Monday, December 11, 2017

Comfort, Comfort

Isaiah Chapter 40 is the prophecy of "one announcing in the wilderness 'make ready the way of the Lord!'" It is also the beginning of the Book of Comfort, the second half of Isaiah's prophecies. 

So, after parishioners started downloading the new parish app but before I took them on a tour of it, I talked for about six minutes about this passage and about the song "Comfort, Comfort O My People" which is a beautiful hymnification of the text. As I have in the past, I gave a shout-out to Protestants for writing great hymns that we can borrow, since Catholics are still new to the church hymn biz. 

Editorial note: the audio has two lines missing that are in brackets [ ] in the text. No technical error here; I just missed the lines at the 9:00 Mass and it would've been messier trying to go back and restate them once I noticed.

Second Sunday of Advent - Comfort, Comfort

This is the Second Sunday of Advent.

The first week is kind of a fake out. 

We do the violet and the candles, but the readings are very much focused on Jesus’ second coming and our being ready for the Final Judgment. 

The second Sunday still has many of the Second Coming overtones, but the readings have shifted somewhat. 

They still definitely aren’t talking about a baby boy in swaddling clothes lying in a manger yet, but they are announcing the coming of the Messiah. 

In fact, the first reading—the beginning of Isaiah 40—is laying out the prophecy that John the Baptist will fulfill in the gospel, in Mark ch. 1, as he announces the coming of the messiah. 

So Isaiah is “announcing the announcing”. 

Isaiah is writing some 700 years before Jesus, and he’s writing to give the people hope.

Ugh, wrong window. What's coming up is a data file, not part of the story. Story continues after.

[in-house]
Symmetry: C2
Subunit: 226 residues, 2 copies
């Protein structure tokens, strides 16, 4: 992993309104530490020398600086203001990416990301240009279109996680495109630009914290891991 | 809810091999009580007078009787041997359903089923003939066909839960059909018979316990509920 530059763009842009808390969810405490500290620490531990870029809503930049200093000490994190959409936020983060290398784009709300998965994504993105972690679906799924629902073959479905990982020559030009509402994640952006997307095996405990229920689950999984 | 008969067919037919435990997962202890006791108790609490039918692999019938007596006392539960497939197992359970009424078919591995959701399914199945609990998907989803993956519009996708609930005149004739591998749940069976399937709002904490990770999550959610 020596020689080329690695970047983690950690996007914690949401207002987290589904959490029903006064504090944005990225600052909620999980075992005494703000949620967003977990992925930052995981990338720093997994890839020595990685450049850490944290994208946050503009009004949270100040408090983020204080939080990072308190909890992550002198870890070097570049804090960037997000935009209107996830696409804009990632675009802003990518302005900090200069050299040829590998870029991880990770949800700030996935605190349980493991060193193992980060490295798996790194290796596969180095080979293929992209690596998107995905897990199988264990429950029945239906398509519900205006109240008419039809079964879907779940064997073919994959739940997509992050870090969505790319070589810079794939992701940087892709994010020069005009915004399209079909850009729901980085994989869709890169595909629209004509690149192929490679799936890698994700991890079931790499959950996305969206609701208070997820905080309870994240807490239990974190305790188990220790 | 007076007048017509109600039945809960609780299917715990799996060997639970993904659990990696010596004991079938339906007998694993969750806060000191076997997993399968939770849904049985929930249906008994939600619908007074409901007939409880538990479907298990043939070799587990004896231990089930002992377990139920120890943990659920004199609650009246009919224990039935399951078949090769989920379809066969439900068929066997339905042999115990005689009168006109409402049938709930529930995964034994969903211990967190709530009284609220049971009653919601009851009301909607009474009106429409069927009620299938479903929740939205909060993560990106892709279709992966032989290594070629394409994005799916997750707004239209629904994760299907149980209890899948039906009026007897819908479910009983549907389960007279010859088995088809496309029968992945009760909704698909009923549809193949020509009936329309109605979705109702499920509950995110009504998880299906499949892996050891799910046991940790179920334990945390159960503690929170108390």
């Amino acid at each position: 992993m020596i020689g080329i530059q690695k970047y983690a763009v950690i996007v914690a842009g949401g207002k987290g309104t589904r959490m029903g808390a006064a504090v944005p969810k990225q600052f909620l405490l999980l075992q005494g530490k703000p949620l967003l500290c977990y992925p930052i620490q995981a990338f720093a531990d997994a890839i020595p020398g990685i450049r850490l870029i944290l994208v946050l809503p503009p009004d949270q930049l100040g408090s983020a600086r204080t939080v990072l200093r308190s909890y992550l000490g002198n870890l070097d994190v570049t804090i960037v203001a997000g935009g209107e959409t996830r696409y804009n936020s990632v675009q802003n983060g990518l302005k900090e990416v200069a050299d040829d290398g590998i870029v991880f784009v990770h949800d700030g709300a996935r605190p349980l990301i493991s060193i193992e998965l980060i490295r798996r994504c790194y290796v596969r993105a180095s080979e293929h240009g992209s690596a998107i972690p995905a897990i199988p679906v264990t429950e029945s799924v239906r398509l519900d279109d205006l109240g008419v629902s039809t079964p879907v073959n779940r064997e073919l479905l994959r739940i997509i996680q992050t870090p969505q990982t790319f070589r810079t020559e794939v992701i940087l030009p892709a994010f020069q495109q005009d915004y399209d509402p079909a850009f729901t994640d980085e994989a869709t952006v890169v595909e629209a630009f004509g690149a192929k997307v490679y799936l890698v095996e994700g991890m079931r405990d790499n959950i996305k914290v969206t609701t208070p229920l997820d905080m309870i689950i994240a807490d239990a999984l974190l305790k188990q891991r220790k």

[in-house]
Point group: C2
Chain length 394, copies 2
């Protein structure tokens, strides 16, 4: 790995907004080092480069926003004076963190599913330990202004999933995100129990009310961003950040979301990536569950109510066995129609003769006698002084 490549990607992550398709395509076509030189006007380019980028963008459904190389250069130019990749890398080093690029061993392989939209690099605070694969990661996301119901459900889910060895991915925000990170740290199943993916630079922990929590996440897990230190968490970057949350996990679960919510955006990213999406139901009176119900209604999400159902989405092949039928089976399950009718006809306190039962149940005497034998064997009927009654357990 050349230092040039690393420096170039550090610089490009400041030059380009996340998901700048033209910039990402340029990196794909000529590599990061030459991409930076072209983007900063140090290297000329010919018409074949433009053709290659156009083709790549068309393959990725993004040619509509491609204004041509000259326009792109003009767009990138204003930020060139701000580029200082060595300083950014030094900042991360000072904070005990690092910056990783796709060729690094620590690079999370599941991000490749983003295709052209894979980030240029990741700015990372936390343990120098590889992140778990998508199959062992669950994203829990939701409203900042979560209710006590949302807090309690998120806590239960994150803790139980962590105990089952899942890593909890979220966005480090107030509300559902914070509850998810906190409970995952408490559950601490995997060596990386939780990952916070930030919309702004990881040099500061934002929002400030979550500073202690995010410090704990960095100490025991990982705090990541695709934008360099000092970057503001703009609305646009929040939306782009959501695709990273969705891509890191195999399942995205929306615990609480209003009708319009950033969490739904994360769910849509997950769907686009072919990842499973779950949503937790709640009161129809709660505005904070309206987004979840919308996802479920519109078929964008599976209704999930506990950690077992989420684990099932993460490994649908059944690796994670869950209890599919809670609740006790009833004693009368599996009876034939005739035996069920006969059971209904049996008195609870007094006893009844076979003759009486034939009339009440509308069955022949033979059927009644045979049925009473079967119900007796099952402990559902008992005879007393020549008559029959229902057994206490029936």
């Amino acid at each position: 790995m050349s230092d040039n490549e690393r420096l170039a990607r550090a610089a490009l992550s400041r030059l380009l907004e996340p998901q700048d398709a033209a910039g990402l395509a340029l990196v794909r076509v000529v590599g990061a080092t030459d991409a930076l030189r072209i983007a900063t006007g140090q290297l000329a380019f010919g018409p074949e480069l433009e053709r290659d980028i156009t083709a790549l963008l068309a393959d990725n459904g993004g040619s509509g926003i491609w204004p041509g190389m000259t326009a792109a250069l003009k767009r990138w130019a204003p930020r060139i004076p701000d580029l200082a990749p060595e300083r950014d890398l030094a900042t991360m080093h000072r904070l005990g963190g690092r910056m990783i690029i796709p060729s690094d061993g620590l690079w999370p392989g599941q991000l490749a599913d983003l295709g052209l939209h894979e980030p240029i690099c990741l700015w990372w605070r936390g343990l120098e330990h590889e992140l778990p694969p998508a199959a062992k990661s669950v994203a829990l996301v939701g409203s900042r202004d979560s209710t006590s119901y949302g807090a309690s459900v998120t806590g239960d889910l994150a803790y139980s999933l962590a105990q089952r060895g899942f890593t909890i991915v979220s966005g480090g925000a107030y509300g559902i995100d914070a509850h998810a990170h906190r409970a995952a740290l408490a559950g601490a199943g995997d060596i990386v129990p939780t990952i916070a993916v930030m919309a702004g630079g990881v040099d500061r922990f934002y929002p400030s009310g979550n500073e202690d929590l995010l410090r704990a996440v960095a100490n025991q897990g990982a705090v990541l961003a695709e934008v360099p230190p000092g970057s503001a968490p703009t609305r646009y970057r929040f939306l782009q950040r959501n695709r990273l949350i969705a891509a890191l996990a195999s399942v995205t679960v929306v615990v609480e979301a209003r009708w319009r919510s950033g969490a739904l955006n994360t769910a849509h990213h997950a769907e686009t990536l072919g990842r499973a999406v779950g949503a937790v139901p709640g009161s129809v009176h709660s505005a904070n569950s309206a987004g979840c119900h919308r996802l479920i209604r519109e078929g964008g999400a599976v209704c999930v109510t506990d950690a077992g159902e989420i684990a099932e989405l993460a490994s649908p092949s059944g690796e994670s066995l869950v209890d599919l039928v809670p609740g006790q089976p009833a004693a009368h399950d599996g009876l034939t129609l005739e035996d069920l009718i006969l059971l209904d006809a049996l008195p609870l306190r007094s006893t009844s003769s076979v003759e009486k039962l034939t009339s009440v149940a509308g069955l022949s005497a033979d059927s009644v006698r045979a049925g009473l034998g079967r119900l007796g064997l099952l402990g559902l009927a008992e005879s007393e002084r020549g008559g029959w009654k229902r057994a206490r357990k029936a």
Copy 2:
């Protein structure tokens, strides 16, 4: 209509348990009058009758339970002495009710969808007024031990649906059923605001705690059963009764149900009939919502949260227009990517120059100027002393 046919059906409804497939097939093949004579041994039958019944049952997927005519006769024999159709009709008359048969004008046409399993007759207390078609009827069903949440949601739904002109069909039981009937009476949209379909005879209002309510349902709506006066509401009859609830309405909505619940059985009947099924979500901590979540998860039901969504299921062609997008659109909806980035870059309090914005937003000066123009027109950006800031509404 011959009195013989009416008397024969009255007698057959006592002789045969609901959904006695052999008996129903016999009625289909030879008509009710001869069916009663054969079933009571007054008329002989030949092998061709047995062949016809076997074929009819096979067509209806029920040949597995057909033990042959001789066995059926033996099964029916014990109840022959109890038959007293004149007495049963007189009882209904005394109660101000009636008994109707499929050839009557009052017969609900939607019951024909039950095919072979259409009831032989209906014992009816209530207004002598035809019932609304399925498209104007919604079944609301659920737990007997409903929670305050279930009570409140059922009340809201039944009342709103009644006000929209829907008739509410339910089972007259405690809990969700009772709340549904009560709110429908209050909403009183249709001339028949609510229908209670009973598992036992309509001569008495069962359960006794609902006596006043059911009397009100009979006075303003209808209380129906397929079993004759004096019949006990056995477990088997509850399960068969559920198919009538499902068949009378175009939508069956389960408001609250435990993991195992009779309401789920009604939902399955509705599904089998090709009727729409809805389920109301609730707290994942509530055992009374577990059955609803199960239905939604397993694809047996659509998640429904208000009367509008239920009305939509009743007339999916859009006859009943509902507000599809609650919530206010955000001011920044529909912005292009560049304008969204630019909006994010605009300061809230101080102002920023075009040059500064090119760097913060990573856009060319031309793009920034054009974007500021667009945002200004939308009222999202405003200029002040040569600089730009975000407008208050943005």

Notice what’s happening then. There are 3 time frames:

Isaiah’s 700 BC
John’s 30 AD
Ours 2017 AD

Isaiah is foretelling. 

John is telling that them the Messiah is coming now. 

And we are reading both accounts, which for us then is both retelling what happened in Judea and foretelling what will happen at the end. 

And that’s the thing about Advent. 

Fr. Rowan talked last weekend about anticipation. 

In Advent we are scooped up and dropped into the place of Israel and we take on their sense of anticipation and waiting. 

Each year we play a game of partial amnesia and we let ourselves forget that we the know the story and how the ending is going to go. 

It’s like when you settle down to watch a good movie you haven’t watched in awhile. 

You hit a mental reset button and let the story unfold for you again. 

But in this case, it’s not just letting Isaiah get us hopeful and the evangelists tell us about the coming at Bethlehem, 

It’s because we too, long for the coming of Christ—that “middle coming” that Fr. Rowan mentioned last Sunday, between Bethlehem and the end of all things. 

We long for him to set things right, and we long to able to receive him when at last he comes. 

So Christmas and Advent are never too far away for us. 

The hope, anticipation, longing, and joy are still there.  

And that’s why all the gospel writers looked back to Isaiah 40 to introduce the coming of Jesus.

It is the hinge, the pivot point, of the book of Isaiah.